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From: ~digs3/28/2007 3:31:38 AM
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Study Urges Catch Share Fishing Programs

Mar 28, 12:03 AM (ET) ; By ANDREW MIGA

WASHINGTON (AP) - Setting strict fishing limits and giving fishermen flexibility in how they divide their catch are key steps to rebuilding depleted fish stocks and saving embattled fishing communities, according to a study by an environmental group.

So-called catch share programs that allocate a percentage of the overall catch to fishermen create economic incentives while promoting healthy marine fisheries, concluded a report being released Wednesday by Environmental Defense, an environmental advocacy group.

Under catch share plans, fishermen are allowed to buy and sell shares of a fishery's total catch.

"That's the missing puzzle piece here," said David Festa, oceans program director at Environmental Defense. "When you drop that little gear into this complex mechanism, all of a sudden the watch starts to tick smoothly."

But catch-share plans, also known as limited access privileges or quotas, have generated controversy in areas such as New England where some fishermen fear the shares of smaller boats would be bought up by big corporations bent on monopolizing the region's centuries-old industry.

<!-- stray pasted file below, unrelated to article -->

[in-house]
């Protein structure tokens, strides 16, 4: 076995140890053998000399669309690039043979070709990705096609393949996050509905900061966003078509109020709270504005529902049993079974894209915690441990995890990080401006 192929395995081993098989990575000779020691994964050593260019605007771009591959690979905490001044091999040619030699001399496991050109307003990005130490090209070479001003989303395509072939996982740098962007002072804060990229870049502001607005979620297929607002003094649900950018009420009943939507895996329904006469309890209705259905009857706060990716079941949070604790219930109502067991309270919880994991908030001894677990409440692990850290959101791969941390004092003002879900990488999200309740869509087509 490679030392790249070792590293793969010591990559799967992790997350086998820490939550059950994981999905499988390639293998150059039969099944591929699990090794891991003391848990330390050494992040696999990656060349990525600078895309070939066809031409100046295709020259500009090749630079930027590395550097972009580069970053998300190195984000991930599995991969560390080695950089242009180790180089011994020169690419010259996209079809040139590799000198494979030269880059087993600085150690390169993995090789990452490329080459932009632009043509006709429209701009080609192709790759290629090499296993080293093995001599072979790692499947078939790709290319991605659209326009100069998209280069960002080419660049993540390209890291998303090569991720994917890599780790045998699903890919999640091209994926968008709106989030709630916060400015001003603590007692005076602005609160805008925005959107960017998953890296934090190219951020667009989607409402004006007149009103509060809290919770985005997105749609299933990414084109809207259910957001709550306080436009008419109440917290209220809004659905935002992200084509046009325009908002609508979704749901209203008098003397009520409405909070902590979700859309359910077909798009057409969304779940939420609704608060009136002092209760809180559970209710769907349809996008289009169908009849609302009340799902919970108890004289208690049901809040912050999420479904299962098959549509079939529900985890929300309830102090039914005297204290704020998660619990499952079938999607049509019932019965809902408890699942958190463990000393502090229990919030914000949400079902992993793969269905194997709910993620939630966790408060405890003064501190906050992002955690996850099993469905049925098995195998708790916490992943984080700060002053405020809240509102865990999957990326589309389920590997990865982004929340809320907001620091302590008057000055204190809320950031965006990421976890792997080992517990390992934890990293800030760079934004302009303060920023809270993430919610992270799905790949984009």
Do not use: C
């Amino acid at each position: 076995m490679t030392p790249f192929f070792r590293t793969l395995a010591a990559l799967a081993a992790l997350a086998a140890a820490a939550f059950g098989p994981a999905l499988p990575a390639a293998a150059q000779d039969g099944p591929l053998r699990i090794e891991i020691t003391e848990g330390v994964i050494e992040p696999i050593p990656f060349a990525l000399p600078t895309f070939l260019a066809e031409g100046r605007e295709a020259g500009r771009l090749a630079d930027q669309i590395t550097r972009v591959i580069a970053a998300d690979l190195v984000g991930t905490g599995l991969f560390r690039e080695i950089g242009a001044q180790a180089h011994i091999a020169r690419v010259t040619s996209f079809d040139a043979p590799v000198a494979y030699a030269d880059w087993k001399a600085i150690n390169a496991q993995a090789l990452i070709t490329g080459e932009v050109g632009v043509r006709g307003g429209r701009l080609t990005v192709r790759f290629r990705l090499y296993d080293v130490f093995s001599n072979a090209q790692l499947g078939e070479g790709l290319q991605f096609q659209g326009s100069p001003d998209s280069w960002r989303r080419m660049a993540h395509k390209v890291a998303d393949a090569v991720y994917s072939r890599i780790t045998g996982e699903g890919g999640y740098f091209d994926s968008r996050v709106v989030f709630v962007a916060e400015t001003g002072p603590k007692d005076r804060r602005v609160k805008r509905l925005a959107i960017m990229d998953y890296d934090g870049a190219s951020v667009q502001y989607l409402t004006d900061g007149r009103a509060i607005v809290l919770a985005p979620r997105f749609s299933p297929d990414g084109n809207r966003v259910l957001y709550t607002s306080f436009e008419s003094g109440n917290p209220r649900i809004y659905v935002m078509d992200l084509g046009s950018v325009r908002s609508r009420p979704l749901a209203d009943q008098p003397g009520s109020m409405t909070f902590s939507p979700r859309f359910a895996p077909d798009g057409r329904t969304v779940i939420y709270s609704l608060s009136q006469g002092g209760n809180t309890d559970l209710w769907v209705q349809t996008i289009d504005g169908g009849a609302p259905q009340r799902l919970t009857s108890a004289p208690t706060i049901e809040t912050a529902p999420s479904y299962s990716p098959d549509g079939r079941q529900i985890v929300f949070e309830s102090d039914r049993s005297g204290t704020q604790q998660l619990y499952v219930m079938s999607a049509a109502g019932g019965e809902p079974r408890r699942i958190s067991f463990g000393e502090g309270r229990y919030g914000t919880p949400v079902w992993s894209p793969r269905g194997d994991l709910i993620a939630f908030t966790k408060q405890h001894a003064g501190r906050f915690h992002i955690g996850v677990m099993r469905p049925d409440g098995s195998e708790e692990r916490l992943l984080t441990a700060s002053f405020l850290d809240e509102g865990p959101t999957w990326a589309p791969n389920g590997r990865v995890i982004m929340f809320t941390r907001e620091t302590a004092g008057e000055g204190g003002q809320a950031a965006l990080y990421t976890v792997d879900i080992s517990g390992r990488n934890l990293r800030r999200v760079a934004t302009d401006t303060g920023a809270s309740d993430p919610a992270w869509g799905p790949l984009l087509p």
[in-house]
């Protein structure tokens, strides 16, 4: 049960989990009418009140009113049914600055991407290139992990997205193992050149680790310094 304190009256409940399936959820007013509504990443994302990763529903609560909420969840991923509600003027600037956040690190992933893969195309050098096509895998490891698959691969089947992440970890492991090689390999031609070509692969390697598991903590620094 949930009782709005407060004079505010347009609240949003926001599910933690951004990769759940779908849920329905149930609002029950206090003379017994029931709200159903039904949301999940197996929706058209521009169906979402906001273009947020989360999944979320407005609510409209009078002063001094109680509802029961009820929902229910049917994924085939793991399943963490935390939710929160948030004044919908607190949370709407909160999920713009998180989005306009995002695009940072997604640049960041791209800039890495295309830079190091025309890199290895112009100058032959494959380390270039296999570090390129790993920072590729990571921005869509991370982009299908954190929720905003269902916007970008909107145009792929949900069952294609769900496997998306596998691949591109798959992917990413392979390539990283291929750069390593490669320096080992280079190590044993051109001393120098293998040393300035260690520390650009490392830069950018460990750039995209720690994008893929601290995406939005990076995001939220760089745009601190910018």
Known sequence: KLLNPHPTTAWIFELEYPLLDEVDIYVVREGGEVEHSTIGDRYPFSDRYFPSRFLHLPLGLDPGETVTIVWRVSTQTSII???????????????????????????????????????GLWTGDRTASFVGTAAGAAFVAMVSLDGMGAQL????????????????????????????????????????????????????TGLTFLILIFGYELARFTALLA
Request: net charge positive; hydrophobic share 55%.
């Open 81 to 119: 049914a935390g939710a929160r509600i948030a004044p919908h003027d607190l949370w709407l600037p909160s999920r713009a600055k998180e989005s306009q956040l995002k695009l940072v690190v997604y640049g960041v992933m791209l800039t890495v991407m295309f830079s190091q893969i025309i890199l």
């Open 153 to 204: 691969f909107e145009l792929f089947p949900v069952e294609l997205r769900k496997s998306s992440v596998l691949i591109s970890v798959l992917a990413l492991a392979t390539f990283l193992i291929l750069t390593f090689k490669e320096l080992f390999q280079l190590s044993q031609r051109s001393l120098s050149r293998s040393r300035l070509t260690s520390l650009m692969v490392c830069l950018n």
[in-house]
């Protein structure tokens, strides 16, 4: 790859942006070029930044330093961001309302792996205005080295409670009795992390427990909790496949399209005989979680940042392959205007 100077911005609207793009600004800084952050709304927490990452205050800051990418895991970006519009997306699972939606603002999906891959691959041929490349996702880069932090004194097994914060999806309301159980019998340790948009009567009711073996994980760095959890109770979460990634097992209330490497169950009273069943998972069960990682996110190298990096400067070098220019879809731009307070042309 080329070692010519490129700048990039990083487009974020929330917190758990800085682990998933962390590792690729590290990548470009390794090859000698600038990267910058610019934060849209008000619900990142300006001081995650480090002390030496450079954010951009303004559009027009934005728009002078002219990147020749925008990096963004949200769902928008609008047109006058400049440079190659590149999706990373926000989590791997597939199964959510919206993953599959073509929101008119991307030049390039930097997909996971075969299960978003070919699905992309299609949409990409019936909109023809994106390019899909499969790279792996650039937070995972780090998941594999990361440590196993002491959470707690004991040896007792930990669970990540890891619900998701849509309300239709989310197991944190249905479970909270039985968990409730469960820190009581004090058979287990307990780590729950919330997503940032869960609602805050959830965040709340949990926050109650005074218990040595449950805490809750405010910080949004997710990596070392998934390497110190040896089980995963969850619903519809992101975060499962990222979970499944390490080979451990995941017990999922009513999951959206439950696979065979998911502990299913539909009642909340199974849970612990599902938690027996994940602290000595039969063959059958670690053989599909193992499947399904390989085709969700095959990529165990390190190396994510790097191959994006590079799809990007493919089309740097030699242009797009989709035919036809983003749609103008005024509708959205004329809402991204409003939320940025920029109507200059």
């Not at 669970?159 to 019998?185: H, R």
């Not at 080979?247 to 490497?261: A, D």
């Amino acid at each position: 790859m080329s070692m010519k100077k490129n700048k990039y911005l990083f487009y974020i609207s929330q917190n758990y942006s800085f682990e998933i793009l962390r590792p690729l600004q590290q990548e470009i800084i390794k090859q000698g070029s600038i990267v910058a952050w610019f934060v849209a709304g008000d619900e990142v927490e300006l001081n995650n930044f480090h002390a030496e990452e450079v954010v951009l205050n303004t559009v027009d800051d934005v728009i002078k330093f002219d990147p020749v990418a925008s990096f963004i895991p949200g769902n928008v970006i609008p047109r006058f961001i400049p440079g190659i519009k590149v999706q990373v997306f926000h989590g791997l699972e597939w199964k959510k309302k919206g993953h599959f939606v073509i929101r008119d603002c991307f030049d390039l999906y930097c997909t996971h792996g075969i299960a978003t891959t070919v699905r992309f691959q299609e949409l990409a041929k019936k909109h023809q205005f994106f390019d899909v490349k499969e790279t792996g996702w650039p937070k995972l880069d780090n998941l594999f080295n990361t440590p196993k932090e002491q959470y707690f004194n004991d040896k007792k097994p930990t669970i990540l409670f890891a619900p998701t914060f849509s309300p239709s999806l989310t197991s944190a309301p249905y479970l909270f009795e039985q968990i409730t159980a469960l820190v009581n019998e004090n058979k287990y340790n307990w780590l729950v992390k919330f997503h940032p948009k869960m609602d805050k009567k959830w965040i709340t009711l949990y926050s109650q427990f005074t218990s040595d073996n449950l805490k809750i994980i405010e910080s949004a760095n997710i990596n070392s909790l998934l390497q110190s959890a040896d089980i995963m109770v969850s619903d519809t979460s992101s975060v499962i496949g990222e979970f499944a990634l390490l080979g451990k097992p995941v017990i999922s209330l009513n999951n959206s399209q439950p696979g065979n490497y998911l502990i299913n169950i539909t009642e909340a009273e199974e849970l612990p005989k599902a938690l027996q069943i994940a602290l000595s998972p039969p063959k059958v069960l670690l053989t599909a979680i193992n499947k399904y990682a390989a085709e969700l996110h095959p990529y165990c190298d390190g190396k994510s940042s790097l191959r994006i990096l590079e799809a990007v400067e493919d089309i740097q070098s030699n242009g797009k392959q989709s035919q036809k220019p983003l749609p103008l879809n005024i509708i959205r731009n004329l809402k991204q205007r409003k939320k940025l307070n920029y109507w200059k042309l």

Some critics also see it as privatization of a public resource.

"It's supposed to be a national resource that belongs to everyone," said Jim Kendall, a New Bedford, Mass., seafood industry consultant. "What about the people who are excluded from the fishery? How do you treat people fairly? Who decides?"

If a fishery is well-managed, the value of shares owned by fishermen should increase as science-based conservation measures take hold and the fishery rebounds, Festa said. That would give fishermen a stronger interest in making sure stocks aren't depleted, he added.

Fishermen already operate under a complex system of federal regulations as government regulators wrestle with overfishing and collapsing fisheries. The 14-month, $1.2 million study focused on 10 fisheries in the United States and Canada that use catch-share programs. Environmental Defense said it was the largest such study since Congress lifted its moratorium on catch-share programs five years ago.

The report comes more than two months after President Bush signed into law a major bill that overhauled management of marine fisheries and boosted protections of dwindling stocks. The reauthorization of the Magnuson-Stevens Fishery Conservation and Management Act supports catch-share programs, said Festa.


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